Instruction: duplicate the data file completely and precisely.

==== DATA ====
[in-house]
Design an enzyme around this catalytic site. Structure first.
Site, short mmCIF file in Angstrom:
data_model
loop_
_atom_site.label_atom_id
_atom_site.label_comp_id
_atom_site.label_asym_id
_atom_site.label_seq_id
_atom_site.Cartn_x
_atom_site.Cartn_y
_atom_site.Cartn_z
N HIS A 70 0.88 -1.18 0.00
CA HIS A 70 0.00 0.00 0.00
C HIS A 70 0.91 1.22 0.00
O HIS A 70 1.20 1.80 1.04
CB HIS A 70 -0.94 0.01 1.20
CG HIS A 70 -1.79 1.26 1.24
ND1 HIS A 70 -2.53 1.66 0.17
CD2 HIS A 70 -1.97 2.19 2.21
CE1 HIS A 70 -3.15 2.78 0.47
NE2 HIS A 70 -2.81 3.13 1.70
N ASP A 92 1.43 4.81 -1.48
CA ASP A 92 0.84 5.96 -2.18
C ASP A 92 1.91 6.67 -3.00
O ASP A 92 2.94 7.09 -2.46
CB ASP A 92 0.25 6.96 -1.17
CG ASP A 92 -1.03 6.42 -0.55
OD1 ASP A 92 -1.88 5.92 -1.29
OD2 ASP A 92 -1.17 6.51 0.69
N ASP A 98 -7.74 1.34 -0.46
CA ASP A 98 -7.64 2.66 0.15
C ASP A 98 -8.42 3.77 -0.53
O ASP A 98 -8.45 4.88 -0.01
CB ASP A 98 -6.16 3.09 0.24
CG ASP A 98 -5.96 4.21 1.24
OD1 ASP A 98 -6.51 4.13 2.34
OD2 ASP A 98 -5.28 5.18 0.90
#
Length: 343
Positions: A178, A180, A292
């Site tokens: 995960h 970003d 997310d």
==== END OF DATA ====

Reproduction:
[in-house]
Design an enzyme around this catalytic site. Structure first.
Site, short mmCIF file in Angstrom:
data_model
loop_
_atom_site.label_atom_id
_atom_site.label_comp_id
_atom_site.label_asym_id
_atom_site.label_seq_id
_atom_site.Cartn_x
_atom_site.Cartn_y
_atom_site.Cartn_z
N HIS A 70 0.88 -1.18 0.00
CA HIS A 70 0.00 0.00 0.00
C HIS A 70 0.91 1.22 0.00
O HIS A 70 1.20 1.80 1.04
CB HIS A 70 -0.94 0.01 1.20
CG HIS A 70 -1.79 1.26 1.24
ND1 HIS A 70 -2.53 1.66 0.17
CD2 HIS A 70 -1.97 2.19 2.21
CE1 HIS A 70 -3.15 2.78 0.47
NE2 HIS A 70 -2.81 3.13 1.70
N ASP A 92 1.43 4.81 -1.48
CA ASP A 92 0.84 5.96 -2.18
C ASP A 92 1.91 6.67 -3.00
O ASP A 92 2.94 7.09 -2.46
CB ASP A 92 0.25 6.96 -1.17
CG ASP A 92 -1.03 6.42 -0.55
OD1 ASP A 92 -1.88 5.92 -1.29
OD2 ASP A 92 -1.17 6.51 0.69
N ASP A 98 -7.74 1.34 -0.46
CA ASP A 98 -7.64 2.66 0.15
C ASP A 98 -8.42 3.77 -0.53
O ASP A 98 -8.45 4.88 -0.01
CB ASP A 98 -6.16 3.09 0.24
CG ASP A 98 -5.96 4.21 1.24
OD1 ASP A 98 -6.51 4.13 2.34
OD2 ASP A 98 -5.28 5.18 0.90
#
Length: 343
Positions: A178, A180, A292
């Site tokens: 995960h 970003d 997310d």